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Future reefs: A manifesto to save the world’s coral gardens (commentary)

  • Coral reefs cover less than 3% of the ocean but contain a quarter of all marine life. Next to tropical rainforests, they are the most biodiverse ecosystems on Earth.
  • Fifty of the world’s leading scientists recently laid out a roadmap to save the world’s coral reefs.
  • With urgent climate action and by following this roadmap, these oases of beauty may retain critical marine biodiversity and provide a lifeline for coastal communities into the next century and beyond, a new op-ed argues.
  • This post is a commentary. The views expressed are those of the authors, not necessarily of Mongabay.

If you have followed major climate change news in the last few years, you might believe coral reefs are going extinct. Global warming is resulting in more frequent bleaching events, making it harder and harder for reefs around the world to recover between influxes of warm water. Australia’s iconic Great Barrier Reef has been particularly badly hit, and some predictions say coral reefs will be extinct by the end of the century.

Coral reefs cover less than 3% of the ocean but contain a quarter of all marine life. Next to tropical rainforests, they are the most biodiverse ecosystems on Earth. Without reefs, over one billion people around the world who rely on coral reefs for food, fisheries, and livelihoods would be left devastated. The world simply cannot afford coral reefs to go extinct. Urgently, we need an ambitious plan to reverse the tide of loss.

We now have one. This year, more than 50 world-leading scientists from over 30 government, non-profit and university institutions launched a series of six white papers: a blueprint for investments to save the world’s coral reefs — and with them the food, livelihoods, and coastal protection they provide.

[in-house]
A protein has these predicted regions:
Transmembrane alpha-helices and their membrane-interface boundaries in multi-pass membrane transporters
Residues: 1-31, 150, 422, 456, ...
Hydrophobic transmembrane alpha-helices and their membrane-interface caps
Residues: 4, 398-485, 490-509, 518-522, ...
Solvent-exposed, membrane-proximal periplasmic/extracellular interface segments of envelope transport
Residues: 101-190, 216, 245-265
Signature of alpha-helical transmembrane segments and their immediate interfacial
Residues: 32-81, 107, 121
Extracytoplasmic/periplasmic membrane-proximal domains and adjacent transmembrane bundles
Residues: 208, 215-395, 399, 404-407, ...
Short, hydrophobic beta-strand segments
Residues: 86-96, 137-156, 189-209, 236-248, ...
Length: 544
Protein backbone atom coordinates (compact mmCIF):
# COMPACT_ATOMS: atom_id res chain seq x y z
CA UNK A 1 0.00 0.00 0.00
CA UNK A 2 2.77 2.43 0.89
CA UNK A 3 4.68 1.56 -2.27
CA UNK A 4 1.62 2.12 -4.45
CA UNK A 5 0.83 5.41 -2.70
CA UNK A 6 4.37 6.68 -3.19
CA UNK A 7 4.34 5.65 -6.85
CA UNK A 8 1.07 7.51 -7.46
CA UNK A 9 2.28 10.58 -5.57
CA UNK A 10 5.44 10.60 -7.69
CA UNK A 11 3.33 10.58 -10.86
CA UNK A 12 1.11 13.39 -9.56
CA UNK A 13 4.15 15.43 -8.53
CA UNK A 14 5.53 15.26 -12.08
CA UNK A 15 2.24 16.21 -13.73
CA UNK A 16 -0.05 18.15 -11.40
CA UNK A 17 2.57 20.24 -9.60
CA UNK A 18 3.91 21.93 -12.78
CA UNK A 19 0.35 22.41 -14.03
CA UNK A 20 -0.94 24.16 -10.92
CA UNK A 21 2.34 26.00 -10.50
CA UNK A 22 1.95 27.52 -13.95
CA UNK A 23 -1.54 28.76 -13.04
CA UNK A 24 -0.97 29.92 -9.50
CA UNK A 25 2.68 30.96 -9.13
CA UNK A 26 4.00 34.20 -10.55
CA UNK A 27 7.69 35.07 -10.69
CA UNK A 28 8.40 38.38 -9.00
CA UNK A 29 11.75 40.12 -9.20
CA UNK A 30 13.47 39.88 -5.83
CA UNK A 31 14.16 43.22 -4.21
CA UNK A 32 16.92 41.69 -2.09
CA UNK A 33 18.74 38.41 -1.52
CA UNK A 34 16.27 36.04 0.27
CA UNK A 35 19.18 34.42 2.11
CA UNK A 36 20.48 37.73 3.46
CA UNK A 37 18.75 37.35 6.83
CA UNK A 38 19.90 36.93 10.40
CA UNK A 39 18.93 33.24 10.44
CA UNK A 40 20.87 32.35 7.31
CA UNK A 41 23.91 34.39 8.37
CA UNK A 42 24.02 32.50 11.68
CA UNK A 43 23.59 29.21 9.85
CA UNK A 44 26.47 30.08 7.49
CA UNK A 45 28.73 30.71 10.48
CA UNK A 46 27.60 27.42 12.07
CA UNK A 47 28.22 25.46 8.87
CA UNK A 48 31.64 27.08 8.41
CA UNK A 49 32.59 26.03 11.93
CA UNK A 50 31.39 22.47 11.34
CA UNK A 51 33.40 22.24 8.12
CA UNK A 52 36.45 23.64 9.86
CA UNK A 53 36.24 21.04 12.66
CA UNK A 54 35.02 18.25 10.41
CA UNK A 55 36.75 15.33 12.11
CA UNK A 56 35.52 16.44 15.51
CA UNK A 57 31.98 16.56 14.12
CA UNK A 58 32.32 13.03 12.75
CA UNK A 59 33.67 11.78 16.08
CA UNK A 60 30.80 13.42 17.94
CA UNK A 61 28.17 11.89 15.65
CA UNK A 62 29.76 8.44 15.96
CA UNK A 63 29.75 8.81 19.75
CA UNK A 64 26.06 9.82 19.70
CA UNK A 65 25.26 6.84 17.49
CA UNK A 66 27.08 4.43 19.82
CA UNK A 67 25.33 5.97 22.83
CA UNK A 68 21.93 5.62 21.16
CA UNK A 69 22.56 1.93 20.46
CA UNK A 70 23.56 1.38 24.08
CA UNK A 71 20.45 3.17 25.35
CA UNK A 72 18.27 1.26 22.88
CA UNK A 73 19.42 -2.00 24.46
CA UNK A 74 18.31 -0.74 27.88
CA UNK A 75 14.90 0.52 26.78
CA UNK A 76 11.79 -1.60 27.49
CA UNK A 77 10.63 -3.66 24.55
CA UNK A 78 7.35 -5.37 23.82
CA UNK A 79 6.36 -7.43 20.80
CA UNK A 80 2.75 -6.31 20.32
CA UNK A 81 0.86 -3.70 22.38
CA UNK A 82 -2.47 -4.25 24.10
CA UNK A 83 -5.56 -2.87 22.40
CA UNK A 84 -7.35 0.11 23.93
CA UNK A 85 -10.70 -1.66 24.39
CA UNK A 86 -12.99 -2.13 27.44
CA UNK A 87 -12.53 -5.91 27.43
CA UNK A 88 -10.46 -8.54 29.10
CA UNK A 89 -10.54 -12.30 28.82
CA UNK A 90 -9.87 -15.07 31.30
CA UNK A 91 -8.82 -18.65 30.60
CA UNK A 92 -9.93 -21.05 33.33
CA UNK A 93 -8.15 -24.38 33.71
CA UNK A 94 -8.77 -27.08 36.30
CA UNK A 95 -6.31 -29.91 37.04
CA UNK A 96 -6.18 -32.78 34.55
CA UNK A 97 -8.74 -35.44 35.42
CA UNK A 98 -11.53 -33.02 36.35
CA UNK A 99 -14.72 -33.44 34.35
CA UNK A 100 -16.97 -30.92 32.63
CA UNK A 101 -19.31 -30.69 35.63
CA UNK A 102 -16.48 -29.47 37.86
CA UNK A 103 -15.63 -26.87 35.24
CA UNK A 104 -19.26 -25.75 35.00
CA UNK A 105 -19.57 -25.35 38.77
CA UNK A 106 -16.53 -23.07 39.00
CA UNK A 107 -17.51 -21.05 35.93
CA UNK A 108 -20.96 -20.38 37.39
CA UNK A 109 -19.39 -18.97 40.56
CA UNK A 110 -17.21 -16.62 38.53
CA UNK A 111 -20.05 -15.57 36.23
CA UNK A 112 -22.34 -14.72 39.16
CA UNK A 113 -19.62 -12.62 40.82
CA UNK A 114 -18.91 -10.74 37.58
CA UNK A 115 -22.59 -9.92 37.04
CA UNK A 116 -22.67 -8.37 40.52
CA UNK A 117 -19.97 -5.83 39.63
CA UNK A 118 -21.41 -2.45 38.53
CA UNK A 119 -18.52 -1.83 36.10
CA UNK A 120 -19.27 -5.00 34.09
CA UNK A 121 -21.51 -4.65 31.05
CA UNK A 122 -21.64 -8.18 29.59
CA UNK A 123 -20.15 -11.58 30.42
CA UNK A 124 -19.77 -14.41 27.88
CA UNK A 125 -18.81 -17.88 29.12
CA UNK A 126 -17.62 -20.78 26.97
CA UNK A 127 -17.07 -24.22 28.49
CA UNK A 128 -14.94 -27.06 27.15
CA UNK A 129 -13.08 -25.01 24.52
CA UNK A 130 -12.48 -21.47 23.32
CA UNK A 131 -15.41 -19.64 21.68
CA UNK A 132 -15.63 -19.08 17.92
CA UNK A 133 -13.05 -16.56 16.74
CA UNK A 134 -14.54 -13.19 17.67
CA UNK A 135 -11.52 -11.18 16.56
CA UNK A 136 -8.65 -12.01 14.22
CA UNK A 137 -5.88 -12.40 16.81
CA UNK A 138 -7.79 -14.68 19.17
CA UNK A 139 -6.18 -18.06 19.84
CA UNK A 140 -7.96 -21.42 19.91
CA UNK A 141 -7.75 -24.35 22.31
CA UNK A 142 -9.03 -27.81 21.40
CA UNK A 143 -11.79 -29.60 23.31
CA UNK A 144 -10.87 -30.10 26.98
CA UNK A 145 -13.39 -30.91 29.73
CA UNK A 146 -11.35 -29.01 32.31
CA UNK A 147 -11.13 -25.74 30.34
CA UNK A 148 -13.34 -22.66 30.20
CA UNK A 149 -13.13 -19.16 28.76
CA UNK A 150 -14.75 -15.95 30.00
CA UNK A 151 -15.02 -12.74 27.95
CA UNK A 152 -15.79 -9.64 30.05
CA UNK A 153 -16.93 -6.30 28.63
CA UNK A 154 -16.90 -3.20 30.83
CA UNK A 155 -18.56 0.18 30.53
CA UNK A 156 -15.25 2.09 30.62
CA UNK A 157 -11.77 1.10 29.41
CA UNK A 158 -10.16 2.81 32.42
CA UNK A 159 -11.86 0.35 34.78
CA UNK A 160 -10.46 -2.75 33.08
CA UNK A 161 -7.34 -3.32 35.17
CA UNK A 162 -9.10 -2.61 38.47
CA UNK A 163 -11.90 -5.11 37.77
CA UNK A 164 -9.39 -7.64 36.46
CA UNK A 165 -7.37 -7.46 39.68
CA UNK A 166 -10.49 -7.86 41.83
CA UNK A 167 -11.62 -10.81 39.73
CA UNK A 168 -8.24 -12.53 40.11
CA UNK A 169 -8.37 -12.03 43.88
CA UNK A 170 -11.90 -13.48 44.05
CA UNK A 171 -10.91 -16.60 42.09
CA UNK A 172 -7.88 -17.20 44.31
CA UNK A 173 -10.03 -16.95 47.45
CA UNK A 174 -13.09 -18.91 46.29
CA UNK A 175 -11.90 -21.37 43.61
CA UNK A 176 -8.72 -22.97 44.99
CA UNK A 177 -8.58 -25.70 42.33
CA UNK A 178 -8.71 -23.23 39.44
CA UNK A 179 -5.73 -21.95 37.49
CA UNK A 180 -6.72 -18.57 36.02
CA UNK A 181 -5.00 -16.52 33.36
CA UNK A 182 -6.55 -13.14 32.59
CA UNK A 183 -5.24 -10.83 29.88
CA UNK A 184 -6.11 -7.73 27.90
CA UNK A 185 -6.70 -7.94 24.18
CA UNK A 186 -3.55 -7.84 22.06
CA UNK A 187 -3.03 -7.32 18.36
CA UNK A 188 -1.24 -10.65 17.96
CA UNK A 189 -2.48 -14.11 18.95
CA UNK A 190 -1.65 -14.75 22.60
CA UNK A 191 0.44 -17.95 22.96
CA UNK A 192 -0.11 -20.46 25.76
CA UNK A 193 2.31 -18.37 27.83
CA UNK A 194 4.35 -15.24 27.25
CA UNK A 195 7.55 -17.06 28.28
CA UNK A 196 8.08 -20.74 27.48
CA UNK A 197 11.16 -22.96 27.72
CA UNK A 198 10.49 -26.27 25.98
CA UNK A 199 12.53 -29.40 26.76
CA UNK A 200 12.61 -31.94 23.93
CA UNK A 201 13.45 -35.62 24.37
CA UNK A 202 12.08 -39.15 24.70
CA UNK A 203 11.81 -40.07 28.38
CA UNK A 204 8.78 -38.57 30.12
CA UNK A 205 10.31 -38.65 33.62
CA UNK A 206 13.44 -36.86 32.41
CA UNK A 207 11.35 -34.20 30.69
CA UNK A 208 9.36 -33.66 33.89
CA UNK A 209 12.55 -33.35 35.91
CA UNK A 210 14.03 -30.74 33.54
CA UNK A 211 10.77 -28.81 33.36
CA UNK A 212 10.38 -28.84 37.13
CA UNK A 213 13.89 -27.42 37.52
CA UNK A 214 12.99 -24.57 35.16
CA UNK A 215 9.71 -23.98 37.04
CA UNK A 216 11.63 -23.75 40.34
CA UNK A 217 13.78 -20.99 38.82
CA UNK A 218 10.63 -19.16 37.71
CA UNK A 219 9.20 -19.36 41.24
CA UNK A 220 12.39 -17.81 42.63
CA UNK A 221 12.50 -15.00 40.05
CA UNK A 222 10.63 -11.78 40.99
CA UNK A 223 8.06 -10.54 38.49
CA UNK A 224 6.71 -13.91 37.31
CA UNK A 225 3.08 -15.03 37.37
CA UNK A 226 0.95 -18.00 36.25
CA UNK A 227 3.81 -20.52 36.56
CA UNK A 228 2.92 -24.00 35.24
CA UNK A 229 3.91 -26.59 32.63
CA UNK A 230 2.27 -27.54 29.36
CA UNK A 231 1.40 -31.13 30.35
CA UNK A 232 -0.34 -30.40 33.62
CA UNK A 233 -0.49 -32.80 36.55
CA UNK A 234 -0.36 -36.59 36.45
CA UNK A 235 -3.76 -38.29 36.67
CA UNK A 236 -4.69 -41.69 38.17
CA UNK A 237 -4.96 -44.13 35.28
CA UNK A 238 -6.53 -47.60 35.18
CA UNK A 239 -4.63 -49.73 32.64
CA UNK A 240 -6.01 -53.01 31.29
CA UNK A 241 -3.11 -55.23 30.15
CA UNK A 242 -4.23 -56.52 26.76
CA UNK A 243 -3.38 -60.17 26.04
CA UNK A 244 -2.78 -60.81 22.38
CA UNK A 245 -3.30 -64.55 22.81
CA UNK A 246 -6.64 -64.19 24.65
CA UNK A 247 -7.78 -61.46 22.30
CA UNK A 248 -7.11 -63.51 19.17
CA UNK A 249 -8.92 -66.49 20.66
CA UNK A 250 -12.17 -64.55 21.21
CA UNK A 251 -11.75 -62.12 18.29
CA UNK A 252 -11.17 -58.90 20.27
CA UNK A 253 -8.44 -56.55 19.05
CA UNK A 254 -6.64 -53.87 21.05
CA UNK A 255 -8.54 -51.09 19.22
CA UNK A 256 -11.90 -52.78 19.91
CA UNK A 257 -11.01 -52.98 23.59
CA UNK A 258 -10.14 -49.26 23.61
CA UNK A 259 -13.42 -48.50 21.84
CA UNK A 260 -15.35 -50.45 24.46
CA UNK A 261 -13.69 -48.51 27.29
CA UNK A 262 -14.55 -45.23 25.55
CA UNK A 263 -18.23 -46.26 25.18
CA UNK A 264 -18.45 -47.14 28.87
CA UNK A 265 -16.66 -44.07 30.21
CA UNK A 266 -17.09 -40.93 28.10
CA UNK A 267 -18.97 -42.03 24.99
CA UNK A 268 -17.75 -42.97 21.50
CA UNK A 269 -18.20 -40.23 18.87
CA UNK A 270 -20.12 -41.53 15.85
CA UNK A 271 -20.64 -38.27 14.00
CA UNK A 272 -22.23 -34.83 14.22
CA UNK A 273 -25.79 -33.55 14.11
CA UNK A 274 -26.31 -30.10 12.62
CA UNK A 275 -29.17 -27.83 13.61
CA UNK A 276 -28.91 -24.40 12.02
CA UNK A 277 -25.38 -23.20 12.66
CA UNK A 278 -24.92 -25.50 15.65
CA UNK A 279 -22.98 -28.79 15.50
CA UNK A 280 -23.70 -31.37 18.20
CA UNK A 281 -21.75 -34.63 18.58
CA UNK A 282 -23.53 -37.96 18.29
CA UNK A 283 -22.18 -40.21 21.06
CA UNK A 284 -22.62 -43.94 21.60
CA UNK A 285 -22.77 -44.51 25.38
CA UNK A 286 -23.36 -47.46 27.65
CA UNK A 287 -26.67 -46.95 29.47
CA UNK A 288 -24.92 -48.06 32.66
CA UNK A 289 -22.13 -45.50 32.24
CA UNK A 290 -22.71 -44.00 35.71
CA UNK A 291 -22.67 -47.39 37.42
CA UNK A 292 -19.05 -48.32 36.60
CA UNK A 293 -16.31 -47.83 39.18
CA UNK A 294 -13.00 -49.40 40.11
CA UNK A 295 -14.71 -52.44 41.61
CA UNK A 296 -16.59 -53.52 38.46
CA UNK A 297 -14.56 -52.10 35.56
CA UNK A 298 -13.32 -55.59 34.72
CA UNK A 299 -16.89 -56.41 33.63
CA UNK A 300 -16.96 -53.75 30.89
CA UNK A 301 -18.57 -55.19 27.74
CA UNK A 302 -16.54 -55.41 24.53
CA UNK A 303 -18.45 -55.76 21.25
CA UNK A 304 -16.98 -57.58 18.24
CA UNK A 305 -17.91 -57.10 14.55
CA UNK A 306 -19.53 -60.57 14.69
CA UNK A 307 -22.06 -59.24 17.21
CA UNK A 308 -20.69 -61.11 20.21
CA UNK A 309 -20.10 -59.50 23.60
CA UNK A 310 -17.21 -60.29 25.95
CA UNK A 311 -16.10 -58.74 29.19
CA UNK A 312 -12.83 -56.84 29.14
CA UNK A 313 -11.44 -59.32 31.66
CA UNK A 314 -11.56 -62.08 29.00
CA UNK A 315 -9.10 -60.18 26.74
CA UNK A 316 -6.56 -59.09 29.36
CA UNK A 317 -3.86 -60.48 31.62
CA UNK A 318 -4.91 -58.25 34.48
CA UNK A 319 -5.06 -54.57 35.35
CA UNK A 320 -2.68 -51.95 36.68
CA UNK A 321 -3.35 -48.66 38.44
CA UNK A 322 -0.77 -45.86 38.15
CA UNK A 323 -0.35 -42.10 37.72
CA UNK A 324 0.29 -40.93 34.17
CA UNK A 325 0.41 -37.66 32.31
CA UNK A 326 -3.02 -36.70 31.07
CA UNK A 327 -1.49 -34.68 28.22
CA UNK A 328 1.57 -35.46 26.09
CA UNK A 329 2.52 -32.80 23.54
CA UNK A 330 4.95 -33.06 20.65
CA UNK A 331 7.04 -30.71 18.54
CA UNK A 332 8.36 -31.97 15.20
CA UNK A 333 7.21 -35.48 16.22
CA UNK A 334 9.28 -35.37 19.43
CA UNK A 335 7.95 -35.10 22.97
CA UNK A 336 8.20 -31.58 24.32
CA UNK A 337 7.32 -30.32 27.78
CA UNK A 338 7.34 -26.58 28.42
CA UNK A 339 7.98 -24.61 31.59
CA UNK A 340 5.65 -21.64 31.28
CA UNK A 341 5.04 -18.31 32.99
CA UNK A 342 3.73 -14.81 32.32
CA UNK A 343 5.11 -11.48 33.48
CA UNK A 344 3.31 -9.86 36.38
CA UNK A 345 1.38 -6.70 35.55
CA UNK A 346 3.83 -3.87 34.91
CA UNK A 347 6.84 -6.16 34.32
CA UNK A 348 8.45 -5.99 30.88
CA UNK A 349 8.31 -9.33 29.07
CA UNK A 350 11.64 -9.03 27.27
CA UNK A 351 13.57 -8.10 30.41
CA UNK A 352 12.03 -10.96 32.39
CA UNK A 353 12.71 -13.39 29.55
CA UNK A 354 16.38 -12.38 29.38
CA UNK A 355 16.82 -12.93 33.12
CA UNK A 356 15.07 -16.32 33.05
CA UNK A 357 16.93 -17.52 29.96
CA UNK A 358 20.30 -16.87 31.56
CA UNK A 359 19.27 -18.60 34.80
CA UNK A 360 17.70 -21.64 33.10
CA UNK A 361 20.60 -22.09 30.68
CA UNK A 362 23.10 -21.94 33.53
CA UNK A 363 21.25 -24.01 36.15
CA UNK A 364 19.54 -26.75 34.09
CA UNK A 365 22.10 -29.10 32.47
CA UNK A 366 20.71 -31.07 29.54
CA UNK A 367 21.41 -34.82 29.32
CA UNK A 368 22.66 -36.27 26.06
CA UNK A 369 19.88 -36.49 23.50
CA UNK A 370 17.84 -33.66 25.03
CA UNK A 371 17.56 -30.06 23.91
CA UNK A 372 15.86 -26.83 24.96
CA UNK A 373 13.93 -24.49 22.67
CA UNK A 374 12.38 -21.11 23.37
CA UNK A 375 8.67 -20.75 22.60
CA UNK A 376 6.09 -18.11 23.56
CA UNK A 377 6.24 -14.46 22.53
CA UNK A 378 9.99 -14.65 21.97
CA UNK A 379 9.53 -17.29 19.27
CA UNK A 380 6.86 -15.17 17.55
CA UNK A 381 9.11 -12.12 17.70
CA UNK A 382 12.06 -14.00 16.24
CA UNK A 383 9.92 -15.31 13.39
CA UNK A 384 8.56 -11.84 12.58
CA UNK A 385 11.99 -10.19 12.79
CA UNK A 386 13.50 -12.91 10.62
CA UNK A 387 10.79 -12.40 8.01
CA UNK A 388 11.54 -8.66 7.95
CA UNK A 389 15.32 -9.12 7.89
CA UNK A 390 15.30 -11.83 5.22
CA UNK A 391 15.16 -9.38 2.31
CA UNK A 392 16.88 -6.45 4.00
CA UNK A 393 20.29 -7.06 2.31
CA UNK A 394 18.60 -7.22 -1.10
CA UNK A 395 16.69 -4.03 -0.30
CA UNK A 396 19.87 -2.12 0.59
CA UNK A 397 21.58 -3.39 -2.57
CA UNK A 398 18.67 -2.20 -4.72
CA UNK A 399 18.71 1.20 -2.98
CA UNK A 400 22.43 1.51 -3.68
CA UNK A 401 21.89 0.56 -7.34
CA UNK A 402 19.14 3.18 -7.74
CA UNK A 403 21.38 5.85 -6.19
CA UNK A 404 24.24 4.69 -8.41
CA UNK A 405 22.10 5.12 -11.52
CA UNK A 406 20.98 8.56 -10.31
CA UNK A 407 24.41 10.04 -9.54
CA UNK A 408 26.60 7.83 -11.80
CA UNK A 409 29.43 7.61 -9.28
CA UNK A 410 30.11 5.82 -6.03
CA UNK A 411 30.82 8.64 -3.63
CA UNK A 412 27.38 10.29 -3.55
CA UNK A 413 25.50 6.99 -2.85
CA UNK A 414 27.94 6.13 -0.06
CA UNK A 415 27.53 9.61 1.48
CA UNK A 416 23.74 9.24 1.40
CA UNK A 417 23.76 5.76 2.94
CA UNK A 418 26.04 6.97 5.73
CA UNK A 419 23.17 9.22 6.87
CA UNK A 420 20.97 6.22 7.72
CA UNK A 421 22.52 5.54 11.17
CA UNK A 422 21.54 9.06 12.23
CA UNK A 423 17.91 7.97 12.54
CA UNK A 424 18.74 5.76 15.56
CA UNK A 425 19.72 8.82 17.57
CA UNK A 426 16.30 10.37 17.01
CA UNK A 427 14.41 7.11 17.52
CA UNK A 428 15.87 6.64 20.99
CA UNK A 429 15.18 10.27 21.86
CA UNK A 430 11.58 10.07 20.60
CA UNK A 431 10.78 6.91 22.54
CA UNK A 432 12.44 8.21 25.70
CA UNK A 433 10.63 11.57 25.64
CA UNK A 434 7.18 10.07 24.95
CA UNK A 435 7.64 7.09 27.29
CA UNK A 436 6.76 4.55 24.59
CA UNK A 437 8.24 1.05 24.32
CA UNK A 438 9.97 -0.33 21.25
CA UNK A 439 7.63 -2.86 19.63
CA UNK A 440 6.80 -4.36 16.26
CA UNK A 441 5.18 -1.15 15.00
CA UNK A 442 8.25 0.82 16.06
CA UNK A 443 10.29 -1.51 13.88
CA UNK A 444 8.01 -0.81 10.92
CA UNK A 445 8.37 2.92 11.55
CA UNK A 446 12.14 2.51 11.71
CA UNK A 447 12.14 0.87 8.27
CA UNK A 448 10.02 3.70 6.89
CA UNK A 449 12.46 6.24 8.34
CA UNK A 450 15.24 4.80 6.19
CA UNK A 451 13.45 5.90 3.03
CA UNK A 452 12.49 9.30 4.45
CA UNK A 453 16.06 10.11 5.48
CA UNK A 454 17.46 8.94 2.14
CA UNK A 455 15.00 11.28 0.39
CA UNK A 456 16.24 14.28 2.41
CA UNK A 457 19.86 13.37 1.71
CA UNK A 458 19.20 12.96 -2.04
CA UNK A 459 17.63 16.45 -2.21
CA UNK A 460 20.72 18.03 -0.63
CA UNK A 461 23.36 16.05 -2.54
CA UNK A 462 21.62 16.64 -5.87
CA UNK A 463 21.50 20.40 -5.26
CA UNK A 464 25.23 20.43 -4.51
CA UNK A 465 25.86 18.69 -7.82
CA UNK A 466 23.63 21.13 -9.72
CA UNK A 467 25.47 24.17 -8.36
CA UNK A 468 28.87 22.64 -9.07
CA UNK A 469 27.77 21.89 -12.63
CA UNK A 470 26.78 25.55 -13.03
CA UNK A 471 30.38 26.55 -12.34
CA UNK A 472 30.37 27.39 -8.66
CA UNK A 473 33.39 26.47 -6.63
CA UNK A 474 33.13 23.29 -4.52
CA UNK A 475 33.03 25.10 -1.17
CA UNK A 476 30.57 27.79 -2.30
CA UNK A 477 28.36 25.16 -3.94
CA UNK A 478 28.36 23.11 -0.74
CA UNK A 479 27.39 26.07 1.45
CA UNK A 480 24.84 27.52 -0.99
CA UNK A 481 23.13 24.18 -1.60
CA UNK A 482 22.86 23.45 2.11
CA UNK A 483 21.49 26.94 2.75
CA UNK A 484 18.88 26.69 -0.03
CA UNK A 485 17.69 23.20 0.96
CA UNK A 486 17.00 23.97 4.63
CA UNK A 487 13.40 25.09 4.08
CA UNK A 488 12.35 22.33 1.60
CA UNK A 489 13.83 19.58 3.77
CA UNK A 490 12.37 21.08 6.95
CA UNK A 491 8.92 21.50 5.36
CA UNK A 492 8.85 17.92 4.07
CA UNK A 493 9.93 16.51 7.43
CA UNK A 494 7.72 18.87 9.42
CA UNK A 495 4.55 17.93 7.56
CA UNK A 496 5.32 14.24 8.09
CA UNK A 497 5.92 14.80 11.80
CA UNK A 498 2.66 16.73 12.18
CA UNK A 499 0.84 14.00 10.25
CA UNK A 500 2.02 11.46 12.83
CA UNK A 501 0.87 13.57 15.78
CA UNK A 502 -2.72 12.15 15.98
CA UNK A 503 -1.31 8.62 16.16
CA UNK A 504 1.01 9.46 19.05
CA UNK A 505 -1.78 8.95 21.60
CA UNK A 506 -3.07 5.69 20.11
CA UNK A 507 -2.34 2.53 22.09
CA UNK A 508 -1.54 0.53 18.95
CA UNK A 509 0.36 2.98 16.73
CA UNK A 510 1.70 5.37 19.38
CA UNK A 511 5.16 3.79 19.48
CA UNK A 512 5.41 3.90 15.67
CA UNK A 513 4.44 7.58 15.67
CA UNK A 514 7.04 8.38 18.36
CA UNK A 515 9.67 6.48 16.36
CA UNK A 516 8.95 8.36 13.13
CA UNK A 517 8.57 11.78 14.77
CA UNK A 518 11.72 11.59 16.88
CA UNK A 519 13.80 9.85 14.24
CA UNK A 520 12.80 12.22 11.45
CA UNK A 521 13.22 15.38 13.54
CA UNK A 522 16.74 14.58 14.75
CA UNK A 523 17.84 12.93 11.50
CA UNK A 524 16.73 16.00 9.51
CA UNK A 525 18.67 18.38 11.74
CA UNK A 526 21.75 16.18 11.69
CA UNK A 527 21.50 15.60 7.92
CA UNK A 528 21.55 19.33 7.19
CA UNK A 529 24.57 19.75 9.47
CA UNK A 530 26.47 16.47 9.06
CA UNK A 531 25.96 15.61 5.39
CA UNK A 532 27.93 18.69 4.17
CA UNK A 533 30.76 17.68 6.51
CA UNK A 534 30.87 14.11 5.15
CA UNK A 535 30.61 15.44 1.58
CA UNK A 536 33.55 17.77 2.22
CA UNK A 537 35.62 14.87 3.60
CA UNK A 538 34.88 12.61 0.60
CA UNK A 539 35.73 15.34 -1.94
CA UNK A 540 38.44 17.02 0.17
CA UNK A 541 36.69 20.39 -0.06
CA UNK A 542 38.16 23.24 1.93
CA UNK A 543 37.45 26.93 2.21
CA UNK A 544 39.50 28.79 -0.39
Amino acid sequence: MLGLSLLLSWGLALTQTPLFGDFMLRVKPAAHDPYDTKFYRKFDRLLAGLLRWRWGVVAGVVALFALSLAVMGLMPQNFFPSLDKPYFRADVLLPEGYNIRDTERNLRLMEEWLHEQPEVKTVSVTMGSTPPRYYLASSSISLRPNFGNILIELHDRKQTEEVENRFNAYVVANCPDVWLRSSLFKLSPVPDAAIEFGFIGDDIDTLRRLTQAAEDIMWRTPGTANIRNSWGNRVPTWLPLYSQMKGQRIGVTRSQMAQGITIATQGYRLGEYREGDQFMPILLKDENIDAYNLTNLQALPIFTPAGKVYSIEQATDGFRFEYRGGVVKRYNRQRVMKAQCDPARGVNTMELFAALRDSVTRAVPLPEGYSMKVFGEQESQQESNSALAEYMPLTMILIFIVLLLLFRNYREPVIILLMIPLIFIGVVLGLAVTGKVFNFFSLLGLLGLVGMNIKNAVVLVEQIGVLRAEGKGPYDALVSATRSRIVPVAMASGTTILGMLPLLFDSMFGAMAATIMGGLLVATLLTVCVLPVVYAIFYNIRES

Coral reef research in Fiji. Image courtesy of Emily Darling/WCS.

Researchers first identified where coral reefs can survive climate change. A portfolio of more than 50 climate-resilient coral reefs have been identified around the world where unique depths or cooler ocean currents have protected reefs from the worst impacts of climate change. These coral reef sanctuaries, if conserved and managed well, have the best chance of survival in a changing world.

Now that we’ve found them, we must focus international efforts and investment on saving these resilient biodiversity hotspots. The six white papers, on governance, small-scale fisheries and nutrition, finance, health and water quality, science, and climate policy, give critical recommendations on what to do next.

To reduce the stress on the ecosystems, not just the corals themselves, the intensity of various threats needs to be reduced so that they have a better chance of surviving climate change impacts.  For example, the management of forestry in neighboring land catchments is important to reduce the run-off of sediments and pollutants that damages both reefs and local communities alike.